The great pianist Cecil Taylor passed away on Thursday, April 5, at age 89. I devoted the next day to listening to his music. Taylor, sometimes confronted with pointed questions about his musical aims, once pointed out that he was creating a language; I’d advise newcomers, rightly curious about his work in the wake of his death, think of it that way as they get started. They could also think of the grandeur of the ocean waves, if they’ve ever stood on a coast–a Taylor composition can capture their roaring power, their whispering delicacy, their dynamic regularity. A drum solo by a master like Andrew Cyrille or Milford Graves; a surge of choreographed motion by a master like Martha Graham or Mikhail Baryshnikov, suggestive of nothing but freedom; a clot of lines following a polygraph pattern, penned by a master like Allen Ginsberg or Nikki Giovanni–it might behoove the first-time listener to think of Taylor’s pianistics as if they’re from a different physical source of art.
Or maybe they need to just to say to themselves: “Prepare for something you’ve never heard before. Prepare to surrender your attention fully. Prepare to hear a new language that might quicken your heartbeat.”
I chose three of my favorite Taylor records to surrender to yesterday. The first was 1966’s Unit Structures, featuring a septet that included his longtime musical partner, Jimmy Lyons, on alto, and Cyrille on drums:
The second was a 1974 solo recital at the Montreux Jazz Festival in Switzerland–the first Taylor record I ever bought and ever heard. I can say truthfully, though I’d read his work was challenging, that it made sense to me. I could hear dancing, drumming, call and response, dark ruminations and joyous exhortations, whispers from the past–in short, Africa. What do you hear?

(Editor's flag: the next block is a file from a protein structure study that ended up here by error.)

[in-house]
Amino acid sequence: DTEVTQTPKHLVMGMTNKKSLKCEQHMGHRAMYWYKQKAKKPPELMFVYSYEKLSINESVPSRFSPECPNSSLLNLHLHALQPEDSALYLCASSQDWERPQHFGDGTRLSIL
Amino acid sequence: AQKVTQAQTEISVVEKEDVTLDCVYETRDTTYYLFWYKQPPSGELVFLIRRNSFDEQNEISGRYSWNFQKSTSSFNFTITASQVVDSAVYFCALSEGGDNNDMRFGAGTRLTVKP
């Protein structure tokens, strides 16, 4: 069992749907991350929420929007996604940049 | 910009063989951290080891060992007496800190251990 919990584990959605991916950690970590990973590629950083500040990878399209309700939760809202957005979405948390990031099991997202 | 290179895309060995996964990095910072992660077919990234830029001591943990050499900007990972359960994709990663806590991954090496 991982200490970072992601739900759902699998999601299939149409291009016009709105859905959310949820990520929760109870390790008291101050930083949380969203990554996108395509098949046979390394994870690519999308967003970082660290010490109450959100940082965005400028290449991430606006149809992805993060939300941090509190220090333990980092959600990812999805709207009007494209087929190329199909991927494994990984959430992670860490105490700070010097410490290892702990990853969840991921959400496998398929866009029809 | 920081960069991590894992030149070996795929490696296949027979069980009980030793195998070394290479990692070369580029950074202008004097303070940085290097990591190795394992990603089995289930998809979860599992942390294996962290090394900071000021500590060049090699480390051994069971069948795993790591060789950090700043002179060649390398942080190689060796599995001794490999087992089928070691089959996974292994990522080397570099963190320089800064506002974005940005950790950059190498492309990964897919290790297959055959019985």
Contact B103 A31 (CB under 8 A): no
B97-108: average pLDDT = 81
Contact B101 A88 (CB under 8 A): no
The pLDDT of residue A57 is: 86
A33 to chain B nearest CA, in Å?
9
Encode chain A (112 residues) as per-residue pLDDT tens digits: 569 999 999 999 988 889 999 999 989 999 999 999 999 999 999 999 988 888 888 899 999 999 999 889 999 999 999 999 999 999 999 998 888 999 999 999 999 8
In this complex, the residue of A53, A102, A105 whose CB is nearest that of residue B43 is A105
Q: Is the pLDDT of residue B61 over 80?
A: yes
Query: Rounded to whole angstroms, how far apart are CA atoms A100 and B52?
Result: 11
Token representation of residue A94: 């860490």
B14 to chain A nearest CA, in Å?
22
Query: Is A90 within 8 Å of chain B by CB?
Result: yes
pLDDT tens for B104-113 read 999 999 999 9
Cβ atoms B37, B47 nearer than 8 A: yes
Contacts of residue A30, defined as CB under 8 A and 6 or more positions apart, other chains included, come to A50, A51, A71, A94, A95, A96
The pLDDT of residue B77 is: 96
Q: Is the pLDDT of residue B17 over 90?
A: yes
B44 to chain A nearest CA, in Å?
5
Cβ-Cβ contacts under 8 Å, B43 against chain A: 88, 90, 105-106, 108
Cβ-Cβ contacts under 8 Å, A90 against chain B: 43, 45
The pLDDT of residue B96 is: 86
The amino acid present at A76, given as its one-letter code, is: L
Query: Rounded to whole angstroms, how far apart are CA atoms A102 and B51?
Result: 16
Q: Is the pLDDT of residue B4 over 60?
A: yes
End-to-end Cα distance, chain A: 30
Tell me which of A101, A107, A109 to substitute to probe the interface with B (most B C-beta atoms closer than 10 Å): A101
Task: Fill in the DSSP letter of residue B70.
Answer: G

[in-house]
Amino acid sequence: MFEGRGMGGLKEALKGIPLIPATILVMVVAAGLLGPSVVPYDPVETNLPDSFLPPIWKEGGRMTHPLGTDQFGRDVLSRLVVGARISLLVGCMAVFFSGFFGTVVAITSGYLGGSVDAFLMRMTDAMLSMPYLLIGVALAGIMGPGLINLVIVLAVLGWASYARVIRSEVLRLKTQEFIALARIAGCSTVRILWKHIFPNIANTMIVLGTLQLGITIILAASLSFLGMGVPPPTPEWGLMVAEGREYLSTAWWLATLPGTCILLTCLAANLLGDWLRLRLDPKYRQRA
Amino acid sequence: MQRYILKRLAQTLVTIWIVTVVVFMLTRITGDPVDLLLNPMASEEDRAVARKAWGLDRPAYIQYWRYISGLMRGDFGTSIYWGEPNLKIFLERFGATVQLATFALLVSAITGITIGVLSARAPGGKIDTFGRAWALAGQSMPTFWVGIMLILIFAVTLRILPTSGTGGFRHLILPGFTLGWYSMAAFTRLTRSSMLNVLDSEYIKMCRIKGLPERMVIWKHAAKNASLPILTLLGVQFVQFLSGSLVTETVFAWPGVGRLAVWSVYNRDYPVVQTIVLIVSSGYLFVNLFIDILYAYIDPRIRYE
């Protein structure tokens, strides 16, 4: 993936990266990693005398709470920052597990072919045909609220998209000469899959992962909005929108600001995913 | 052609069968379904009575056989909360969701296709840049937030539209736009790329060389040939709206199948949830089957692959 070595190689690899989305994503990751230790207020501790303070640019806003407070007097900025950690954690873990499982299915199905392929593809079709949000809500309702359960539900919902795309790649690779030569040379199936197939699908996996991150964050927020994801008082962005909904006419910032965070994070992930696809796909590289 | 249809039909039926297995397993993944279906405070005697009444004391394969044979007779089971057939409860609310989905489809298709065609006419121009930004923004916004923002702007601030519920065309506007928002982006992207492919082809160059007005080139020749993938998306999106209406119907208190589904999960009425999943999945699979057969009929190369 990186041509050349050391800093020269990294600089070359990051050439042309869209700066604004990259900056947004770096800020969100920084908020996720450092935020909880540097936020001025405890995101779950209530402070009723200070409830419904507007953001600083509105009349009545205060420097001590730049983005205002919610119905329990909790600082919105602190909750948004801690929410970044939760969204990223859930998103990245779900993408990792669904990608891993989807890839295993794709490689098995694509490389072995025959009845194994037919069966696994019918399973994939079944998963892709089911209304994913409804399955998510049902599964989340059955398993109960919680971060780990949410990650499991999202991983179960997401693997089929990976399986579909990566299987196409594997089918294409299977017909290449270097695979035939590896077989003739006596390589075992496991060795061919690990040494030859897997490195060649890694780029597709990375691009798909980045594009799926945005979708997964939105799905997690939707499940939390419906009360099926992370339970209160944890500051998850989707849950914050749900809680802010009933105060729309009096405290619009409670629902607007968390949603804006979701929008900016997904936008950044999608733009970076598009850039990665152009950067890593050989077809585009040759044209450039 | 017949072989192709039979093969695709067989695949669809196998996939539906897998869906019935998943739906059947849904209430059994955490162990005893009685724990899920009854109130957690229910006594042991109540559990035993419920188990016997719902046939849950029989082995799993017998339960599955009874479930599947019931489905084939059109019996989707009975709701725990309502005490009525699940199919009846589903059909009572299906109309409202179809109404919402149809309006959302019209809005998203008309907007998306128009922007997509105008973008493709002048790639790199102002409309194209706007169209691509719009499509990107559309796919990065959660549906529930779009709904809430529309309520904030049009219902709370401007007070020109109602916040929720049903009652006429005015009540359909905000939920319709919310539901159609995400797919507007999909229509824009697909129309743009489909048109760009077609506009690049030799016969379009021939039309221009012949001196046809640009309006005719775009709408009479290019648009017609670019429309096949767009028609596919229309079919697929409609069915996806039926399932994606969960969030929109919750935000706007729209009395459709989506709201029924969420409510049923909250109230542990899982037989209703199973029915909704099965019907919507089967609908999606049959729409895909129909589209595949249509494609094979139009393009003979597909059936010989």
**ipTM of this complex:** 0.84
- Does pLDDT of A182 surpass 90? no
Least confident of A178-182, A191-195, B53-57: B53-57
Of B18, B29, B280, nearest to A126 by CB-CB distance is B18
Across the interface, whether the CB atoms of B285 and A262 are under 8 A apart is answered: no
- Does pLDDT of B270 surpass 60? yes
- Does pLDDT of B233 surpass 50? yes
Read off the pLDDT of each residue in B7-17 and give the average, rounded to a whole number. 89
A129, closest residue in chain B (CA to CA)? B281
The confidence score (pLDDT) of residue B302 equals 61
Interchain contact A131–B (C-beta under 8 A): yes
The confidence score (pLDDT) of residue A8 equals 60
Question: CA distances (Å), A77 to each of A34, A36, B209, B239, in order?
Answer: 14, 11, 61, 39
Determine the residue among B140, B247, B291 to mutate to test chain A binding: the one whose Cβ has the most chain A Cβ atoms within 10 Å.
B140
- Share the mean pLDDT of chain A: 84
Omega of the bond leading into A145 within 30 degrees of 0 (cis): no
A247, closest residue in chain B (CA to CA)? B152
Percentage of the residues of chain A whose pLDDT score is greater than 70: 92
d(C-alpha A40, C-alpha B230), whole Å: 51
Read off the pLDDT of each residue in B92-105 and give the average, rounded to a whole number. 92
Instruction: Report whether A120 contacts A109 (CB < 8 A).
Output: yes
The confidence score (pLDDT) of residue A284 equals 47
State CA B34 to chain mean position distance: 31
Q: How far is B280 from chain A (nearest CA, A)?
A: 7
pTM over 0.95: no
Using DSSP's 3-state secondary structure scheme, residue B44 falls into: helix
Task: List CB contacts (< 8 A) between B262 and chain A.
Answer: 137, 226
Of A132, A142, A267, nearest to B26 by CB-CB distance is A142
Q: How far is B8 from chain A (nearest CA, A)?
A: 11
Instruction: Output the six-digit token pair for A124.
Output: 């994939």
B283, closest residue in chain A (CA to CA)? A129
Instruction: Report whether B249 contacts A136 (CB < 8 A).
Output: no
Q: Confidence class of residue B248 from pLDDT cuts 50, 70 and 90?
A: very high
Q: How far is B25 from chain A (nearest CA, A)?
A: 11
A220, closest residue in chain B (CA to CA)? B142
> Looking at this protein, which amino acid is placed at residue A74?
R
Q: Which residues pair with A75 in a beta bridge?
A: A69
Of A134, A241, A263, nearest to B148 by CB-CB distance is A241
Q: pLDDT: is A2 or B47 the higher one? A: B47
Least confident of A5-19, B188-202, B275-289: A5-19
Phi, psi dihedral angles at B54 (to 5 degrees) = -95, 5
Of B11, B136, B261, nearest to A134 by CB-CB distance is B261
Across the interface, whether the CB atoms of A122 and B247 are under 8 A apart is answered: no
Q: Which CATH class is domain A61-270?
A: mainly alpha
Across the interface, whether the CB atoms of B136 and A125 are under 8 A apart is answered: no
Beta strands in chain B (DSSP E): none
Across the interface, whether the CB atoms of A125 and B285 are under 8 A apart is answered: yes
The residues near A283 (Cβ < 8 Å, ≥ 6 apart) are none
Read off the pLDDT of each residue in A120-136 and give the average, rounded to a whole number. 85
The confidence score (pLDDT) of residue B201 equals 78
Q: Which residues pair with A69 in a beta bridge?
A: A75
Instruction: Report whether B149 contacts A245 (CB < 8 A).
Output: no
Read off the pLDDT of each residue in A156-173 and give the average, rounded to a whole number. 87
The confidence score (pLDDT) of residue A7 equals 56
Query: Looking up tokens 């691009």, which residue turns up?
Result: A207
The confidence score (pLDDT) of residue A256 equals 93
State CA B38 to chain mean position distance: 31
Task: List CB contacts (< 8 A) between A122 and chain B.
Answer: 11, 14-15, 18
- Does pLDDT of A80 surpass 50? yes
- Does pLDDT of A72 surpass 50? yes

I closed out the afternoon with 1988’s Alms / Tiergarten (Spree), recorded in Berlin during a month-long celebration of Taylor’s music in which he was given a free hand, an excellent instrument, and the service of a wrecking crew of improvisatory musicians. Surely it was one of the most rewarding episodes in Taylor’s life, and, across 11 discs, he responds with an outpouring of music in multiple settings. This one’s comprised of two compositions, each about an hour long, played by 13 musicians, including such luminaries as Peter Brotzmann, Evan Parker, Han Bennink, William Parker, Harold Stanko, and Peter Kowald. It’s a must for admirers of Coltrane’s Ascension, I think, and it is indeed challenging–but invigorating!
SORRY! No YouTube track available–if everybody doesn’t want it, nobody gets it!
Please read Ben Ratliff’s obituary for Taylor, published in The New York Times. It’s very true, and also a good way for the beginner to start out with a firm handle on a man who resisted many attempts to reduce him, personally and artistically, on an innovator who took even fellow innovators aback but never faltered.
You’re sunk when you’re considered in the shadow of Cecil Taylor’s work, but Cardi B’s Invasion of Privacy, just released, if not as wholly undeniable as her singles or personal appearances, is pretty entertaining. I do think, over the course of an entire record, that her rapping is revealed as still a work in progress.
I also sampled the equally new record by the great Ghanaian bandleader, composer, and instrumentalist Ebo Taylor, previously vaunted on this site. It’s called Yen Ara, and it’s a joy. Here’s a taste: